Given USPS’s current lack of excessing plans, which could change in the near future, now is the time to convert PTFs to regular and PSEs to career. It is difficult to convert once excessing and the withholding of jobs occurs.

Notably, the USPS asked us at the national level to convert PSEs to unassigned/unencumbered without any residual vacancies for much of last year. Despite some concerns, we support converting PSEs as fast as possible. Over 1,000 PSEs have been converted to career in this way.

Trump Task Force

The Clerk Craft, and all of the APWU, is under attack in the Trump Task Force report released on Dec. 4, 2018. The Trump Administration paid the Mitre Corporation $1.6 million for the report, which relies upon, and largely supports, the interest of the large mailers. One of their first steps is to “redefine” the universal service obligation (USO) in order to reduce service. Somewhat surprisingly, the report acknowledges the role of the large mailers in allowing slower delivery:

The Task Force’s outreach with major mailers revealed that geographic coverage, predictability on timing of delivery, and six-day delivery are more important than the speed of delivery. Mailers can, in many cases, adjust drop-off dates to accommodate slower or faster delivery.

Here are the broad recommendations of the Trump Task Force in two sentences:

The Task Force believes that the USPS must operate in a more cost-efficient manner by exercising discretion to lower service standards and to increase the use of third parties through additional work sharing and the use of third party processing and logistics providers. In addition, as postal employees are part of the U.S. federal civil service, their wages and benefits should be aligned to comparable U.S. federal employee groups, including aligning their ability to collectively bargain for wages and benefits with other federal employees.

The Task Force recommends reducing service to the public, increasing discounts/contracting out/privatization, and dismantling the power of postal worker organizations. The Postal Service has already been doing this, but there is a provision in the report that takes the recommended privatization a step further:

The Task Force recommends that the USPS explore franchising the mailbox as a means of generating revenue. This could be done by retaining the mailbox monopoly and allowing regulated access, for a fee, to certified private companies. These “franchisees” would be granted access to the mailbox for the delivery of mail and small parcels.

This would open the mailbox for anyone to deliver for a fee. If implemented, this would be a gift to FedEx, UPS, and Amazon. Mailbox franchising, like the postage discounts to large mailers, would be another way to privatize operations without transferring ownership to another entity.

Final Words

It is not surprising that the richest .01 percent of the population want to use their power to benefit themselves. What is surprising is that the 99.9 percent of us allow the .01 percent to control the USPS and our society. Show that you are not going to take it anymore by showing up for union meetings, becoming an active union member, an active citizen, and otherwise fight today for a better tomorrow.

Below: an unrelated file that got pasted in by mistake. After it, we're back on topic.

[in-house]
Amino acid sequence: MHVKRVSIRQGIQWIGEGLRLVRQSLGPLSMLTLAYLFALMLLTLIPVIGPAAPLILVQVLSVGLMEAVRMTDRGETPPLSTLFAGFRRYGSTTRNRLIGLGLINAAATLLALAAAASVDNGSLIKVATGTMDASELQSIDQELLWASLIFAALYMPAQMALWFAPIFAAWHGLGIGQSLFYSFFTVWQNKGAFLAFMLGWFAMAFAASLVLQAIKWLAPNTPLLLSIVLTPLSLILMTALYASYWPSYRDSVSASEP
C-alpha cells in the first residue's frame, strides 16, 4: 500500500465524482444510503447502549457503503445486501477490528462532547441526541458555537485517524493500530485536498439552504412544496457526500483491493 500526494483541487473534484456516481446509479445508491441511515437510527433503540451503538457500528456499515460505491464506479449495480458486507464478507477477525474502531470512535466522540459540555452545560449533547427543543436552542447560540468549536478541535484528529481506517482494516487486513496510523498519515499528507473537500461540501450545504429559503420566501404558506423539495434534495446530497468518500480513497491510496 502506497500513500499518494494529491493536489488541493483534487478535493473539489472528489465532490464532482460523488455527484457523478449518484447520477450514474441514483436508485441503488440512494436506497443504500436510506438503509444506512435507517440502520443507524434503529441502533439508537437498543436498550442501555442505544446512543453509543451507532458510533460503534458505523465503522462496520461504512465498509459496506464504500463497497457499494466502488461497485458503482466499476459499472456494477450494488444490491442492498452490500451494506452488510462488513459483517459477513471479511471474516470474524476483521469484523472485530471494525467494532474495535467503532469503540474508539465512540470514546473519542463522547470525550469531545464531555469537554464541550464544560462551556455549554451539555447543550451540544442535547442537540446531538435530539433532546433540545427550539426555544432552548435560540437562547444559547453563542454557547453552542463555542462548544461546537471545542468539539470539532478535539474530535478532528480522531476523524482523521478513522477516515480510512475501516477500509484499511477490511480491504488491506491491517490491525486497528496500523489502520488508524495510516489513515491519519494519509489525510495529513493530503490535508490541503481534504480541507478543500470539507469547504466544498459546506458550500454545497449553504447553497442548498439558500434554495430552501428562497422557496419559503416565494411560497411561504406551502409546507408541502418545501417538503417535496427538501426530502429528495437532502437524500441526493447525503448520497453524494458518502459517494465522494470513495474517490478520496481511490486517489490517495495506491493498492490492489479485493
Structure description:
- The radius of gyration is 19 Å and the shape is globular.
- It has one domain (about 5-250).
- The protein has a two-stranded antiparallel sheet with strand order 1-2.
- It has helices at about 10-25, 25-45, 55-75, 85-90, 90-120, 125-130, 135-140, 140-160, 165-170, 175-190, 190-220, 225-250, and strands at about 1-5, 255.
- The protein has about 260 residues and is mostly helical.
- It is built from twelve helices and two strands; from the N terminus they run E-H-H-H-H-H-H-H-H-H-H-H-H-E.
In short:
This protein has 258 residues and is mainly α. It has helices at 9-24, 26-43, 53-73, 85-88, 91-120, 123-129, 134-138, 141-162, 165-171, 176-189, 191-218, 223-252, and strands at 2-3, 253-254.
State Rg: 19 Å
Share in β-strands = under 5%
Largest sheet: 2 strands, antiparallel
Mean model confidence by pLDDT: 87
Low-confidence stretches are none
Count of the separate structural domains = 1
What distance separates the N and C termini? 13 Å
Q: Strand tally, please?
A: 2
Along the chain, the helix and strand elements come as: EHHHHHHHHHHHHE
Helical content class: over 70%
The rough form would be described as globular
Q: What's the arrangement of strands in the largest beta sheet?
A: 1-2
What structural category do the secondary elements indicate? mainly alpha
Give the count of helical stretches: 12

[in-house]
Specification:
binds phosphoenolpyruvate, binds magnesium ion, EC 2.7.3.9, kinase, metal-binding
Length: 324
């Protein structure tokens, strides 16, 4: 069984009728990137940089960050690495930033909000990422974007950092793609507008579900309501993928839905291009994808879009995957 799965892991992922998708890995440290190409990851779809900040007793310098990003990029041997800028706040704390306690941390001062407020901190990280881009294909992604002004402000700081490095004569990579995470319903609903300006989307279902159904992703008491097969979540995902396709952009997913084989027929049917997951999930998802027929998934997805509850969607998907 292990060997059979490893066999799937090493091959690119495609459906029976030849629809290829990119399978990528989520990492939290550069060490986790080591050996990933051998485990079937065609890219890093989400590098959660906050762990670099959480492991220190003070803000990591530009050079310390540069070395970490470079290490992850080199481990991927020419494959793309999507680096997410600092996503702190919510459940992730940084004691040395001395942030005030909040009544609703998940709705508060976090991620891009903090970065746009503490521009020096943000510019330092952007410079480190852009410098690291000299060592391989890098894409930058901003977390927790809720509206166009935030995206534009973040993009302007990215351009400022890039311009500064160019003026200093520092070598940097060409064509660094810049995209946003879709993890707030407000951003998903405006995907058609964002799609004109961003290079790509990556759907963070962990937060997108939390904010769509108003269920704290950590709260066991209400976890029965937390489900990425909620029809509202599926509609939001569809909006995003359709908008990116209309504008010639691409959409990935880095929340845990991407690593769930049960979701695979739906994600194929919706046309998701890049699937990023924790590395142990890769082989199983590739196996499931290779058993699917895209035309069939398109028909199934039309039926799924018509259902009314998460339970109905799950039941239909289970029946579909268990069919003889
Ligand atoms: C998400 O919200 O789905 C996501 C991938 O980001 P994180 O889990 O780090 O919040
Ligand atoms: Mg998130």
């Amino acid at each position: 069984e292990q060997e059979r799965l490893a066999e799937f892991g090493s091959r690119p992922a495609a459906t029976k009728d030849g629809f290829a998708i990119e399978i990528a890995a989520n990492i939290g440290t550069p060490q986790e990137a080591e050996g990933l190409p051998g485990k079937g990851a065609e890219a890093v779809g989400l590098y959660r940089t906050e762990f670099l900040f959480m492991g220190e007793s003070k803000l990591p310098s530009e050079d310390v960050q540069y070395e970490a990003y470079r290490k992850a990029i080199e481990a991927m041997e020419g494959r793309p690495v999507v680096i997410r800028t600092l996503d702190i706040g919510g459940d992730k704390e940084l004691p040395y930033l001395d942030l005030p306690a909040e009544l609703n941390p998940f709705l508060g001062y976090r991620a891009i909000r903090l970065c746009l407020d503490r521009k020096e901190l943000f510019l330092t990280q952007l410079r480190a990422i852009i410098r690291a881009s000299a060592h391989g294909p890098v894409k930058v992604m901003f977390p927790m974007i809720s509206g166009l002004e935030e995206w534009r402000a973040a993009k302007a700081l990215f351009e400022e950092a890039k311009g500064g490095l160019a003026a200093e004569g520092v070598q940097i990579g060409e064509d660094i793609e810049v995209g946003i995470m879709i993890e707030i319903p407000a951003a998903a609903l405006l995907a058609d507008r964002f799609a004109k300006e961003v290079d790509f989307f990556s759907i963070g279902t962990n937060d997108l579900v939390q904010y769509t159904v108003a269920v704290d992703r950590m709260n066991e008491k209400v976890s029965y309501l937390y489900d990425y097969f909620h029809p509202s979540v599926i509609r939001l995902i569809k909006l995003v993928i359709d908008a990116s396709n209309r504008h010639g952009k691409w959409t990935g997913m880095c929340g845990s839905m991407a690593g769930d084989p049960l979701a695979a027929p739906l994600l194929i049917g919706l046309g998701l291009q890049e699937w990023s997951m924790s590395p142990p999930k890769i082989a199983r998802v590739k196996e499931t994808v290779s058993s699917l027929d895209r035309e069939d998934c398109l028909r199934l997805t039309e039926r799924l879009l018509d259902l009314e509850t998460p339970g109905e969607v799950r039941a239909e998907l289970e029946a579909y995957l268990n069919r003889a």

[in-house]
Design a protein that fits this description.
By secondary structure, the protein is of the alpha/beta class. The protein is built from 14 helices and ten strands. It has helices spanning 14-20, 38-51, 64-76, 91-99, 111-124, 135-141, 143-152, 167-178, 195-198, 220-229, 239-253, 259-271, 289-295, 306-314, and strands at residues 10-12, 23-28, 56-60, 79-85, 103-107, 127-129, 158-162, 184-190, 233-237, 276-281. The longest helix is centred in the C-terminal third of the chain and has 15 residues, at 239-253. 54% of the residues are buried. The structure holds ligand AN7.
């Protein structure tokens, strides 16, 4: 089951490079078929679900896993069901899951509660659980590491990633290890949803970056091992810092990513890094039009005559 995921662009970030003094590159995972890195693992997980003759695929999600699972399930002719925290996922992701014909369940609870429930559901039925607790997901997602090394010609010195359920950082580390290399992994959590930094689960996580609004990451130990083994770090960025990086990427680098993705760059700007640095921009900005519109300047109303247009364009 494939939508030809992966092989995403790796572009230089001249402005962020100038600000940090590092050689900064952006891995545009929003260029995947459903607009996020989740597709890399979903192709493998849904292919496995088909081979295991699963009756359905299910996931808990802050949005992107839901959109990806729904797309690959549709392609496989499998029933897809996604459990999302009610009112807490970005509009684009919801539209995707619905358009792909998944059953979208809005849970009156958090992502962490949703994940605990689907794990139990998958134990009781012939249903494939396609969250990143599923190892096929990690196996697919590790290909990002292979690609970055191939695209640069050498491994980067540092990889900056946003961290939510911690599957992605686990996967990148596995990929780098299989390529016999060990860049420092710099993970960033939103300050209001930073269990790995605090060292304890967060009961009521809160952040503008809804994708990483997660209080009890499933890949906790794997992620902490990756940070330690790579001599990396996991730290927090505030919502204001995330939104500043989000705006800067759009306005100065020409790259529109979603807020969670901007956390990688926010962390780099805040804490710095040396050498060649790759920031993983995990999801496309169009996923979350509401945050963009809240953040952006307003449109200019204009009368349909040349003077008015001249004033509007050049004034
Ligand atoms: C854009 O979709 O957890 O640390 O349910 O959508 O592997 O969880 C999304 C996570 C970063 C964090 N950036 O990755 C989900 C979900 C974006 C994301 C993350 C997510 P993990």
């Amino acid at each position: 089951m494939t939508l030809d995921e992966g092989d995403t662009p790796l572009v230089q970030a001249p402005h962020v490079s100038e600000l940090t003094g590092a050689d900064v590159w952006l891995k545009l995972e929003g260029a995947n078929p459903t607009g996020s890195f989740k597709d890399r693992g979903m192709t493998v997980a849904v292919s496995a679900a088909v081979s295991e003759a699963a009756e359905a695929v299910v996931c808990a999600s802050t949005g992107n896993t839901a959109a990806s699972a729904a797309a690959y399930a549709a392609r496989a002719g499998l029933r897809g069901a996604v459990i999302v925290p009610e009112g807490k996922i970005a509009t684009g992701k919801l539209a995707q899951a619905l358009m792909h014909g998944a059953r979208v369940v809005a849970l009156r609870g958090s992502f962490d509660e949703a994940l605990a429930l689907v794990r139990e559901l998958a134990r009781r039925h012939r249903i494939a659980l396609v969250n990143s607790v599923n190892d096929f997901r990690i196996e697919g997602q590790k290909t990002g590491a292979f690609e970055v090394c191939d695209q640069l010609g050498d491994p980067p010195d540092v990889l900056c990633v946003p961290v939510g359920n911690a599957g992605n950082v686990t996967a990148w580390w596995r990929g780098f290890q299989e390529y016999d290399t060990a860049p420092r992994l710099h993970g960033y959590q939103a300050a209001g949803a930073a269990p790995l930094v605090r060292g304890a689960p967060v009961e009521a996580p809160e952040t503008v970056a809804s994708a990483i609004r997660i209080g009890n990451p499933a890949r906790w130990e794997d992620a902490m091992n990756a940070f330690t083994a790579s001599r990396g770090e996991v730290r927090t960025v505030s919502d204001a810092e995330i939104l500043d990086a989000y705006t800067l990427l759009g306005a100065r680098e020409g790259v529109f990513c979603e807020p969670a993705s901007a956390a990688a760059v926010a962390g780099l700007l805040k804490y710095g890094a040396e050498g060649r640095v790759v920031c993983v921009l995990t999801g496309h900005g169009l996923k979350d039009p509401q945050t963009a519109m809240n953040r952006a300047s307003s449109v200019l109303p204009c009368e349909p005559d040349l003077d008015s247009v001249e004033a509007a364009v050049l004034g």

Mar 04, 2019

Update:

RI-399 Monetary Settlement Distribution

WEB NEWS ARTICLE #: 
17-2019

03/02/2019 - As previously reported, in 2018 the APWU, the National Postal Mail Handlers’ Union (NPMHU), and the USPS reached a tripartite agreement updating the RI-399 work jurisdiction process. As part of the agreement on the update to the RI-399 process, all pending RI-399 grievances filed prior to September 1, 2017, were administratively closed with some limited exceptions.

The Postal Service agreed that they would pay $14.5 million to each union in consideration of the withdrawal of national level disputes. The settlement agreement calls for the unions to each make their own determination on how this money would be distributed.

After consultation, much discussion, and agreement with the Clerk Craft Director, the APWU has decided that the money will be distributed in equal amounts to clerk craft employees who fall into the following two categories:

  1. All career clerk craft employees who were on the rolls as of September 1, 2017, in postal installations that employ both clerk craft employees and mail handlers; and
  2. All PSE clerk craft employees who were on the rolls on September 1, 2017, in postal installations that employ both clerk craft employees and mail handlers and who are still on the rolls as of March 1, 2019.

The exact amount of money is yet to be determined as the APWU is still determining exactly who are entitled to payment. We currently estimate this number to be around 85,000 career and non-career clerks (including any eligible career employees who retired after September 1, 2017). The number of eligible clerks is nearly double the number of mail handlers who will receive payment. President Mark Dimondstein and Clerk Craft Director Clint Burelson released a memorandum to national, state, and local officers.

Updates will be provided as the process progresses.




Page Last Updated: Jan 14, 2020 (07:40:03)